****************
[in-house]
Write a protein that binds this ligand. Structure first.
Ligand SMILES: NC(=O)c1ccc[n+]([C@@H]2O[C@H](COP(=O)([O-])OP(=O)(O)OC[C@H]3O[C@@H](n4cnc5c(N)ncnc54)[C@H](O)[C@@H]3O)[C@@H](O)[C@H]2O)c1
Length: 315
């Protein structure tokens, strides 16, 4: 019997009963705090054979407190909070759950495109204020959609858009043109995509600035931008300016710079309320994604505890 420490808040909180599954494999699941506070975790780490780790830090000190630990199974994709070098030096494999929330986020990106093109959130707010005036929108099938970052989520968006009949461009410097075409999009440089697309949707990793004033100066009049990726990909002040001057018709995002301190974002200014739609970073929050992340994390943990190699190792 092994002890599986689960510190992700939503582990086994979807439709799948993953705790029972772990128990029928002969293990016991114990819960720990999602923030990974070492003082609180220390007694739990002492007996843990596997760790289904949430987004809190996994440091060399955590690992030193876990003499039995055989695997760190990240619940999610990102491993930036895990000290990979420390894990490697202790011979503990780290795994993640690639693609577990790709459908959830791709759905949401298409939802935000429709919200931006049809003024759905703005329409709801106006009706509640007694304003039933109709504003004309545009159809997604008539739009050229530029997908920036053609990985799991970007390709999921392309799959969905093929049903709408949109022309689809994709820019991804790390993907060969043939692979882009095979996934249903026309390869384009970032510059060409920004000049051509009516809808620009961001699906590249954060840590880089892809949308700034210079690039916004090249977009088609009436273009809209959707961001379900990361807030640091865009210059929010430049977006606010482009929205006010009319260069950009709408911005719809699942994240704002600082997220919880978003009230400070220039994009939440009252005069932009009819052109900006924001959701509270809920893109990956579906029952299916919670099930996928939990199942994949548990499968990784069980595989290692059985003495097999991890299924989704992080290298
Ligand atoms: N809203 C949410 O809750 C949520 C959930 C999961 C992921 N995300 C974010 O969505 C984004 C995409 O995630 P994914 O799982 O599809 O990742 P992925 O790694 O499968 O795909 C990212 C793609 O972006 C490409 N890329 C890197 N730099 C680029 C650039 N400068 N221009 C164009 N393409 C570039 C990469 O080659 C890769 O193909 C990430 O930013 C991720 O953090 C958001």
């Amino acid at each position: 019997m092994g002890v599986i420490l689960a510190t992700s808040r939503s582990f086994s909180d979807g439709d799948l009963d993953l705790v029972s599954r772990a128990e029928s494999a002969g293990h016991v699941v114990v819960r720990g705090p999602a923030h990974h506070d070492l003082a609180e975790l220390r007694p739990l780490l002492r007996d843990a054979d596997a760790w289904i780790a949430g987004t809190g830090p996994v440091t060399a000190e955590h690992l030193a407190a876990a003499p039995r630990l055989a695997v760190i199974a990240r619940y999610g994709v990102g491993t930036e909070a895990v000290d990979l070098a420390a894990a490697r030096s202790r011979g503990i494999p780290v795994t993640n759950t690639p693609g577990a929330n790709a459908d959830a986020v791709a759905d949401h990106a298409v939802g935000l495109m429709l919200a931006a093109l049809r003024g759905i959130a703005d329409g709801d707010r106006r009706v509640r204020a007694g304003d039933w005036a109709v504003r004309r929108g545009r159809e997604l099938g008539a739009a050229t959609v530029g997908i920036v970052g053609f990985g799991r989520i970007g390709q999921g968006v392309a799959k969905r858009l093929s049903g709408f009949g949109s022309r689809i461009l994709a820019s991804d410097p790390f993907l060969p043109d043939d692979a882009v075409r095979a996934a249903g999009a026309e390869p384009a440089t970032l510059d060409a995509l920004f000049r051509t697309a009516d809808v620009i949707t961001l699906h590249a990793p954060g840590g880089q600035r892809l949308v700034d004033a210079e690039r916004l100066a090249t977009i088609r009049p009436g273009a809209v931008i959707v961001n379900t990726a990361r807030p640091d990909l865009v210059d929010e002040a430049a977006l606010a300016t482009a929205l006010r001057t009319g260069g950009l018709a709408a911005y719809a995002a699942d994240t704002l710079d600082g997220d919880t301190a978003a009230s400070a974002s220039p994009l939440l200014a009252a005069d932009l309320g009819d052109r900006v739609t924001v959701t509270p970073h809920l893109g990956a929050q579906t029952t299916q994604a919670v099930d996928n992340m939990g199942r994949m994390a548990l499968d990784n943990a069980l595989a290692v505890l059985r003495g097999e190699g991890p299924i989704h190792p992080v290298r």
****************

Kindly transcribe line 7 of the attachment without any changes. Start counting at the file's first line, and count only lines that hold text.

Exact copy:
């Amino acid at each position: 019997m092994g002890v599986i420490l689960a510190t992700s808040r939503s582990f086994s909180d979807g439709d799948l009963d993953l705790v029972s599954r772990a128990e029928s494999a002969g293990h016991v699941v114990v819960r720990g705090p999602a923030h990974h506070d070492l003082a609180e975790l220390r007694p739990l780490l002492r007996d843990a054979d596997a760790w289904i780790a949430g987004t809190g830090p996994v440091t060399a000190e955590h690992l030193a407190a876990a003499p039995r630990l055989a695997v760190i199974a990240r619940y999610g994709v990102g491993t930036e909070a895990v000290d990979l070098a420390a894990a490697r030096s202790r011979g503990i494999p780290v795994t993640n759950t690639p693609g577990a929330n790709a459908d959830a986020v791709a759905d949401h990106a298409v939802g935000l495109m429709l919200a931006a093109l049809r003024g759905i959130a703005d329409g709801d707010r106006r009706v509640r204020a007694g304003d039933w005036a109709v504003r004309r929108g545009r159809e997604l099938g008539a739009a050229t959609v530029g997908i920036v970052g053609f990985g799991r989520i970007g390709q999921g968006v392309a799959k969905r858009l093929s049903g709408f009949g949109s022309r689809i461009l994709a820019s991804d410097p790390f993907l060969p043109d043939d692979a882009v075409r095979a996934a249903g999009a026309e390869p384009a440089t970032l510059d060409a995509l920004f000049r051509t697309a009516d809808v620009i949707t961001l699906h590249a990793p954060g840590g880089q600035r892809l949308v700034d004033a210079e690039r916004l100066a090249t977009i088609r009049p009436g273009a809209v931008i959707v961001n379900t990726a990361r807030p640091d990909l865009v210059d929010e002040a430049a977006l606010a300016t482009a929205l006010r001057t009319g260069g950009l018709a709408a911005y719809a995002a699942d994240t704002l710079d600082g997220d919880t301190a978003a009230s400070a974002s220039p994009l939440l200014a009252a005069d932009l309320g009819d052109r900006v739609t924001v959701t509270p970073h809920l893109g990956a929050q579906t029952t299916q994604a919670v099930d996928n992340m939990g199942r994949m994390a548990l499968d990784n943990a069980l595989a290692v505890l059985r003495g097999e190699g991890p299924i989704h190792p992080v290298r």